When the church was founded, the area was part ofAmerica's vast frontier.
By JULIE A. WAGNER
VINDICATOR RELIGION EDITOR
Hubbard First Presbyterian Church has preserved its 200 years of history in a book, in a building and in its congregation.
In honor of its bicentennial celebration, the church has put together a detailed history of the church that began in a log structure in the early 1800s along North Main Street (U.S. Route 62) north of the current downtown.
Meanwhile, members are working to rebuild another former church building built in 1857 and dismantled and stored in 1995.
And some congregation members are direct descendants of three of the church's founding fathers.
Bill Mitchell, a member of the Bicentennial planning committee, has researched and plans to print a book detailing the history of the church. It tells the story of three Tylee brothers -- Sylvester, Samuel and Tim -- who came to the Hubbard area in the early 1800s when it was still part of the vast frontier.
In 1801, Samuel Tylee was appointed as the agent of Nehemiah Hubbard, who owned 1,600 acres upon which the city would be established. His wife, Anna, wasn't so sure about the move, according to Mitchell's research. So, she was promised a gift of 100 acres to come west.
When some of the city's first settlers formed the First Presbyterian Society in 1804, Sylvester Tylee was listed as a church elder, and Samuel as a member. Tim was probably among the original 10 men and their families who were members, Mitchell said.
Today, several members of the church can trace their family trees back to one of the three brothers, he said.
In 1806, the church built a log structure at the south end of the Old North Cemetery on North Main Street. In 1828, the church bought a lot a few hundred feet south of the original structure and built a church. There aren't any pictures of that church, but Mitchell said it was likely a frame church like others built at that time. Mitchell said that history doesn't show whether the cemetery expanded onto the lands where the churches had been.
In the mid-1850s, the church sold its land and church to Hubbard Township trustees for $56 and bought about six-tenths of an acre at Hager Street and what is now West Liberty Street, just two blocks from the center of town. It was purchased for $100 from Maria Hager and Eliza Clingan, who were the daughters of Samuel Tylee.
There, the members built a church in 1857 that would be their home for 102 years.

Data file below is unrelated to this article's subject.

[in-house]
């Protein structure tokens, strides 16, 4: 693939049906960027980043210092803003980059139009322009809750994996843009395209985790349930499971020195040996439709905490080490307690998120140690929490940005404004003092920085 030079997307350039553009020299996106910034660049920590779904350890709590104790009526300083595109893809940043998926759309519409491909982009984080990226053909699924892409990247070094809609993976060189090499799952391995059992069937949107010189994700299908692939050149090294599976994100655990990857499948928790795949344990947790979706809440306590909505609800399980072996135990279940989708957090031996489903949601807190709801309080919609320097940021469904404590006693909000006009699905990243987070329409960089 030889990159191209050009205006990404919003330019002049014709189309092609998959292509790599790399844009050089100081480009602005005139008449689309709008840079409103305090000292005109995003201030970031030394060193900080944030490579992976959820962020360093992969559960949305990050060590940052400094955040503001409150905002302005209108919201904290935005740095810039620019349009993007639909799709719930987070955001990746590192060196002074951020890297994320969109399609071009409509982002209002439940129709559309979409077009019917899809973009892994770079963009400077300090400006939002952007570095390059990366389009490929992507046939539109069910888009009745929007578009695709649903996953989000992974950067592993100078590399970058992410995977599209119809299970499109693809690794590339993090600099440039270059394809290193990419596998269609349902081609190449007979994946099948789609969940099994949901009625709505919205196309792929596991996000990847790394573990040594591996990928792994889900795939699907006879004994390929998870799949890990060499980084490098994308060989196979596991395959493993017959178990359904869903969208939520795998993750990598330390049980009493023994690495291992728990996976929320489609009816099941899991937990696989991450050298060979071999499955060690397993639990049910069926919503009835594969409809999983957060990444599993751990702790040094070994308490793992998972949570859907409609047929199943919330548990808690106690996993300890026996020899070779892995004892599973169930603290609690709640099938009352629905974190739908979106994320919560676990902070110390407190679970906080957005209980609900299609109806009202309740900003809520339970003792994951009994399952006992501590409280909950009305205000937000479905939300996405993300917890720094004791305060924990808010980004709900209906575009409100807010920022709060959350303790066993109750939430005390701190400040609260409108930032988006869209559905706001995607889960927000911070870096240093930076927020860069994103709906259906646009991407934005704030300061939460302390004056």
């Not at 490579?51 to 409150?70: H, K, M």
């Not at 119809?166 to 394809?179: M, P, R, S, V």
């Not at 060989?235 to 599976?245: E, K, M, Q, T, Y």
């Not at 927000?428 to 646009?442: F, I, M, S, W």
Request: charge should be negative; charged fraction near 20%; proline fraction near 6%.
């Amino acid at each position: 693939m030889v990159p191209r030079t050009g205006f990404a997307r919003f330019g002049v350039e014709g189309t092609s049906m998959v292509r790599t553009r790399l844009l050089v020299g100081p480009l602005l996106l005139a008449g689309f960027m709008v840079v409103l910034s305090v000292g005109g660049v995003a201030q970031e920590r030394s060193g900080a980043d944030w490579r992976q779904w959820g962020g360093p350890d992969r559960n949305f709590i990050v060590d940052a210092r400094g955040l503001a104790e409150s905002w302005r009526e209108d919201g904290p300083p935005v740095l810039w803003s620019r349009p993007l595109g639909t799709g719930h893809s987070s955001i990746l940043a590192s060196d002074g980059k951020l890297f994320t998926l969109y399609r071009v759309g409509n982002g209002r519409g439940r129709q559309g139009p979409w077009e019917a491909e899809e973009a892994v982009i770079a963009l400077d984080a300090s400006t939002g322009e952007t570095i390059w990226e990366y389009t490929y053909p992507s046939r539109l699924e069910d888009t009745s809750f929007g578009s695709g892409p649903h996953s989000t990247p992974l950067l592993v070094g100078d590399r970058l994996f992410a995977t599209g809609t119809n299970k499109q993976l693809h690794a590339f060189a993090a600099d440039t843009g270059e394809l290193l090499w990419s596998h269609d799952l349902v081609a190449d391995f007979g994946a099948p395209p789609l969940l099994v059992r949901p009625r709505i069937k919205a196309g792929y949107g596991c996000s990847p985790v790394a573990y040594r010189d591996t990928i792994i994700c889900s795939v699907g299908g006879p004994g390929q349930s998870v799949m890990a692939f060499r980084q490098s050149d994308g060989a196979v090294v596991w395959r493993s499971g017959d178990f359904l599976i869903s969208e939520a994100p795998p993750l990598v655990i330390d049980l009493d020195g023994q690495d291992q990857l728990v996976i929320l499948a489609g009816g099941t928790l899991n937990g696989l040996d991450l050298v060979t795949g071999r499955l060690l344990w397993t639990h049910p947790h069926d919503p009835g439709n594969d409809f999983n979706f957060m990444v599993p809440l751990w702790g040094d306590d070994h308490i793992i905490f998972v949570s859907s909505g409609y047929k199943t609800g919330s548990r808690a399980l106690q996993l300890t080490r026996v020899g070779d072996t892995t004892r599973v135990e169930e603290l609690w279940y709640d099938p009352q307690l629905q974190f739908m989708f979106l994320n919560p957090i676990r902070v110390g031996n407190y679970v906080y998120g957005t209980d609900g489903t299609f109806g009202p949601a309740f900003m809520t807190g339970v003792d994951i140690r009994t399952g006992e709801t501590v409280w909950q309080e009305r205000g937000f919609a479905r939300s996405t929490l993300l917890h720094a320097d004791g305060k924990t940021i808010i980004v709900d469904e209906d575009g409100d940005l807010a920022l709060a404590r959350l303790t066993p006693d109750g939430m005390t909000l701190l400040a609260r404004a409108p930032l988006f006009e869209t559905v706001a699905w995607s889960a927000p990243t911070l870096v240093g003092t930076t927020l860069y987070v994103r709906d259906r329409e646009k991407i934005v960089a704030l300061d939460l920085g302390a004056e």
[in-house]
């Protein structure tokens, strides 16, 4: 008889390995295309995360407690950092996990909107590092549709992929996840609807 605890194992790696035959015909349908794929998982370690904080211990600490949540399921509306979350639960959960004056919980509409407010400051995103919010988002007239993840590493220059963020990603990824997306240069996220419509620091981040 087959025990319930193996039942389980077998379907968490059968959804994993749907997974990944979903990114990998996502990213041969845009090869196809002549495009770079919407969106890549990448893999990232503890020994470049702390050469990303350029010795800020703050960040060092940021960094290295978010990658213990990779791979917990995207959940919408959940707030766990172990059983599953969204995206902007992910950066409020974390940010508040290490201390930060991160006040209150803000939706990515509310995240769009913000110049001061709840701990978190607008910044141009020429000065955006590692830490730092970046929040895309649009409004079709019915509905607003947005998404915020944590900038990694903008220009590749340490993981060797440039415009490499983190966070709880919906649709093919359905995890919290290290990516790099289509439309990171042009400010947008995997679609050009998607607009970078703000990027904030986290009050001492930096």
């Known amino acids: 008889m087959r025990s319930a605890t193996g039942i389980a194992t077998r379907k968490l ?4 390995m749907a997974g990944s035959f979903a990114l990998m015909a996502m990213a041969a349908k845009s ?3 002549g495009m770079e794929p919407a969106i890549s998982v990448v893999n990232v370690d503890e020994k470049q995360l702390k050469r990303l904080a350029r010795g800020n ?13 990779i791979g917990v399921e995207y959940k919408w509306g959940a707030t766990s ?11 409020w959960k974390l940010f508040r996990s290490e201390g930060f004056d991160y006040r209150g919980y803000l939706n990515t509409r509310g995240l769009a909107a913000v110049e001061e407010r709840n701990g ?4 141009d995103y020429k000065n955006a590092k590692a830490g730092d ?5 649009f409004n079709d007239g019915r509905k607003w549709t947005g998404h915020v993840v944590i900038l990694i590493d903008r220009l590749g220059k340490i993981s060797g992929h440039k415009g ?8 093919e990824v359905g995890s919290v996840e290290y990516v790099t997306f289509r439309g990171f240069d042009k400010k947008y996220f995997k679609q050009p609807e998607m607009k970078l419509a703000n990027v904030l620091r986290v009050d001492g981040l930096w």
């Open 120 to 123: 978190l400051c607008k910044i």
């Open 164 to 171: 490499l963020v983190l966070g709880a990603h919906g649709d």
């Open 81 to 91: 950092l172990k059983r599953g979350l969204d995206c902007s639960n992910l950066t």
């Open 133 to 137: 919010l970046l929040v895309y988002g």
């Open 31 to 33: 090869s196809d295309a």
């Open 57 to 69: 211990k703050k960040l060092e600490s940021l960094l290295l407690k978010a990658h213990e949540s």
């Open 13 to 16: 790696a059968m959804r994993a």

In 1959, the church faced the challenges of a growing congregation.
"After the war, there were a lot of new families being formed, babies being born," Mitchell said, "Membership was going up real fast." Members considered a proposal to build an education center where the manse stood, and then a new church, which also called for more land.
"Apparently, people on the other two sides didn't want to sell," he said.
So, they built their current sanctuary at 22 Westview Ave. and planned to continue Sunday school at the old church.
"It soon became apparent that wasn't going to work," he said. The logistics of going between the two churches were bad, and the First Assembly of God had agreed to buy the old church if they could move in right away. So the church entered the second construction phase early, and built its classroom wing three to four months later.
The First Assembly of God Church used the building until 1995, when it sold the site to the Rite Aid drug store chain.
Community members, including First Presbyterian Church member Judy Ruby of the group Hubbard Conservation and Restoration Effort Society (Hubbard CARES) prevented the bulldozing of the historic building. Instead, the building was dismantled by Amish workers and church volunteers. The outside, the interior woodwork, pews and steeple are now in storage. Ruby said Hubbard CARES has received permission from Harding Park's board to locate the church on a site in the park. The group has hired an architect and hopes to rebuild the church soon.
Hubbard First Presbyterian has planned several events to mark its 200th anniversary, including a banquet Saturday and a special service Sunday. In September, the church honored those who had been members for 50 to 70 years. The church will sell cups, shirts and wood and glass keepsakes.
The church currently has about 280 members, led by its pastor, the Rev. J. Larry Stewart.